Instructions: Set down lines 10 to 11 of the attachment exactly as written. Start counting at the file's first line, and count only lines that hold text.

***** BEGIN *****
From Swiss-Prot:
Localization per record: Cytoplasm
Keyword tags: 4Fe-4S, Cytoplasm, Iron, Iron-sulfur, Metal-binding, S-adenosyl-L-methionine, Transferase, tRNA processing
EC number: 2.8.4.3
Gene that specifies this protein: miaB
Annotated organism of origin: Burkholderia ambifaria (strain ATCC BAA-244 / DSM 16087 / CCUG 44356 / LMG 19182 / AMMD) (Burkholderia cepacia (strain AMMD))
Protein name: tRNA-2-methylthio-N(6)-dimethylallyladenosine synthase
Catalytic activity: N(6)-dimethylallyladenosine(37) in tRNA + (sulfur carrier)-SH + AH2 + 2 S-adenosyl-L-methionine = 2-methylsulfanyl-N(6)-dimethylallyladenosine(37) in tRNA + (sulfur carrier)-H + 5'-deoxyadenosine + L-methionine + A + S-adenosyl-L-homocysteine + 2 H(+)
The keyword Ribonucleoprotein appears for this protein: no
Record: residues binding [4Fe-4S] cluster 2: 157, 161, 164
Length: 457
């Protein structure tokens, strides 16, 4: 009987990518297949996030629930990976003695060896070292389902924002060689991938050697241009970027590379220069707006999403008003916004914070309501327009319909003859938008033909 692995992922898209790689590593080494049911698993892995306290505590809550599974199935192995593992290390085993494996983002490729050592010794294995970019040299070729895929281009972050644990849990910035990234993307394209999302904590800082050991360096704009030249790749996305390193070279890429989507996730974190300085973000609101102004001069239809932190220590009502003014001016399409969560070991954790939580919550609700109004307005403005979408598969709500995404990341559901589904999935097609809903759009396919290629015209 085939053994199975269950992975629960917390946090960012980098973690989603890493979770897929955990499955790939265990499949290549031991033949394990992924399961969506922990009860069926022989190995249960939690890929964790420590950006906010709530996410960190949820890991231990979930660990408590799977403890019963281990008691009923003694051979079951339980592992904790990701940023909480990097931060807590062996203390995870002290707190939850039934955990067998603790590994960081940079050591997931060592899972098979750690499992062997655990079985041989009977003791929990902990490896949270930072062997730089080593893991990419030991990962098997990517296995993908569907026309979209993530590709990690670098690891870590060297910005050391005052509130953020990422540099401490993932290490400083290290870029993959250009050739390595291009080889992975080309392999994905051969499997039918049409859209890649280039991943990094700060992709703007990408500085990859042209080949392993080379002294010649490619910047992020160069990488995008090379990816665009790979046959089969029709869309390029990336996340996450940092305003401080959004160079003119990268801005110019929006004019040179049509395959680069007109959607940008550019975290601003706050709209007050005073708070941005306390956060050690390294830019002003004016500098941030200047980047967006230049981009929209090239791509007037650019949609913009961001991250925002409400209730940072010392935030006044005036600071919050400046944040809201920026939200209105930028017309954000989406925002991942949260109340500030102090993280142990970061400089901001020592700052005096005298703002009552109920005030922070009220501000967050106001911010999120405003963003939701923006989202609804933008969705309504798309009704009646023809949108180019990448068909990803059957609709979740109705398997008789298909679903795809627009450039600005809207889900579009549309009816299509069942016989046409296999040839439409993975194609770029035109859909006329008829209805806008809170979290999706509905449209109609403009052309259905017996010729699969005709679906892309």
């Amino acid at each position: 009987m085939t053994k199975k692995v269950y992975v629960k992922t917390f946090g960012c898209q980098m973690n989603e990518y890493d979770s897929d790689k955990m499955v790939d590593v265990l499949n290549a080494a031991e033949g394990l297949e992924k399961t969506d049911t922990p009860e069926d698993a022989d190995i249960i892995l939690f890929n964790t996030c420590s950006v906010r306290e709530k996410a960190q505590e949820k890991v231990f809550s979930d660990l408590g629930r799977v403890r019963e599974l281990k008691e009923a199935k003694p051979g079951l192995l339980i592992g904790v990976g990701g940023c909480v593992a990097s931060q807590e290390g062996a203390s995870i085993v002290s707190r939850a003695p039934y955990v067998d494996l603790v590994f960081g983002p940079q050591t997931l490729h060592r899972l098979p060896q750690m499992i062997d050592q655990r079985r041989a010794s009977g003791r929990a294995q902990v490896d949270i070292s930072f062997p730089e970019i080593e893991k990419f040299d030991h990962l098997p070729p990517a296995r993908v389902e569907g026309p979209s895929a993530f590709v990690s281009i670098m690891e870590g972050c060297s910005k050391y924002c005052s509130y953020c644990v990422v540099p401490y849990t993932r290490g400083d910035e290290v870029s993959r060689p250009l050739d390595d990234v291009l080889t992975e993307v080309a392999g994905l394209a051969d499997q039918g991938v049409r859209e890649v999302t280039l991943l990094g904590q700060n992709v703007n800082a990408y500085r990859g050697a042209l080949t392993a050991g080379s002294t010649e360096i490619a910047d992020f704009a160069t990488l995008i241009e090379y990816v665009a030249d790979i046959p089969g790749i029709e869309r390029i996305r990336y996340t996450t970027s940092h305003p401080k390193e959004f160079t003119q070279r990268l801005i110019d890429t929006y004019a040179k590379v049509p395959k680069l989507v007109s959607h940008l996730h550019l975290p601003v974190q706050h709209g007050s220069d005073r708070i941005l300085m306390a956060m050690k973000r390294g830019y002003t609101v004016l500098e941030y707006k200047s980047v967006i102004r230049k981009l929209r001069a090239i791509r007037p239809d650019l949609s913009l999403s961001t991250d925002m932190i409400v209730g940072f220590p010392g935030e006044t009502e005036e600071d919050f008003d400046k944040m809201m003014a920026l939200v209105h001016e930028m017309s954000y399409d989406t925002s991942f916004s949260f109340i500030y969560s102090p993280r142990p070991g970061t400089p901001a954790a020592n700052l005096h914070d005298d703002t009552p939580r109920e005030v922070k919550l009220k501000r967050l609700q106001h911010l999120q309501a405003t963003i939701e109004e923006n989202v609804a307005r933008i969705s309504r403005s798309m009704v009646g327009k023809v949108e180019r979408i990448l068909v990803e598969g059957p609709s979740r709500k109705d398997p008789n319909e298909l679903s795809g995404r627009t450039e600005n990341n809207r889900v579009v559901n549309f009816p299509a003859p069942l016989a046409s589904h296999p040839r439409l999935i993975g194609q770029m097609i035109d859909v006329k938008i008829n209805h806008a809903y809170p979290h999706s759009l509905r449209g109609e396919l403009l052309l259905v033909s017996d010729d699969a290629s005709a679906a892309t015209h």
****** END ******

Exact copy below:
Record: residues binding [4Fe-4S] cluster 2: 157, 161, 164
Length: 457